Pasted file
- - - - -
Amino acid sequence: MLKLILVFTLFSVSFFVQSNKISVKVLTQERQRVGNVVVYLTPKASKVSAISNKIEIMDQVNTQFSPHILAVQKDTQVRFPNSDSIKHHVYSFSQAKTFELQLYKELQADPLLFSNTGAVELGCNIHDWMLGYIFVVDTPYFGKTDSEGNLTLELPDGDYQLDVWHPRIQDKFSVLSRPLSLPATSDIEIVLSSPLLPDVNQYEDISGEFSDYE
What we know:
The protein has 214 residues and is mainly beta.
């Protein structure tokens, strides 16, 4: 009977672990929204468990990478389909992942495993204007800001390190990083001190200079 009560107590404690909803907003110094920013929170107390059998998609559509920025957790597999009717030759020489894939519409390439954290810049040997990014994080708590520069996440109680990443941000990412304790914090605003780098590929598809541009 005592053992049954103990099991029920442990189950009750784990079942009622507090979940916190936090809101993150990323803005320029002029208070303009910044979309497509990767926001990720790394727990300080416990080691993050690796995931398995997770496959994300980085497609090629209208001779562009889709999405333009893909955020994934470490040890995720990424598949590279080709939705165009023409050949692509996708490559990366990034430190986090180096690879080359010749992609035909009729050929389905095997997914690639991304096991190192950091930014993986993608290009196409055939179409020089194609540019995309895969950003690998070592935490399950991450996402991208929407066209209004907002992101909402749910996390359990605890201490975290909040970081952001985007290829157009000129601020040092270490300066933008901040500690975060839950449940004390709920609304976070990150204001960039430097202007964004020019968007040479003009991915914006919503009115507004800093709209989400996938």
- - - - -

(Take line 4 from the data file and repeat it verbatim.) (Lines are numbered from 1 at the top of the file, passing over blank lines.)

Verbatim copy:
């Protein structure tokens, strides 16, 4: 009977672990929204468990990478389909992942495993204007800001390190990083001190200079 009560107590404690909803907003110094920013929170107390059998998609559509920025957790597999009717030759020489894939519409390439954290810049040997990014994080708590520069996440109680990443941000990412304790914090605003780098590929598809541009 005592053992049954103990099991029920442990189950009750784990079942009622507090979940916190936090809101993150990323803005320029002029208070303009910044979309497509990767926001990720790394727990300080416990080691993050690796995931398995997770496959994300980085497609090629209208001779562009889709999405333009893909955020994934470490040890995720990424598949590279080709939705165009023409050949692509996708490559990366990034430190986090180096690879080359010749992609035909009729050929389905095997997914690639991304096991190192950091930014993986993608290009196409055939179409020089194609540019995309895969950003690998070592935490399950991450996402991208929407066209209004907002992101909402749910996390359990605890201490975290909040970081952001985007290829157009000129601020040092270490300066933008901040500690975060839950449940004390709920609304976070990150204001960039430097202007964004020019968007040479003009991915914006919503009115507004800093709209989400996938």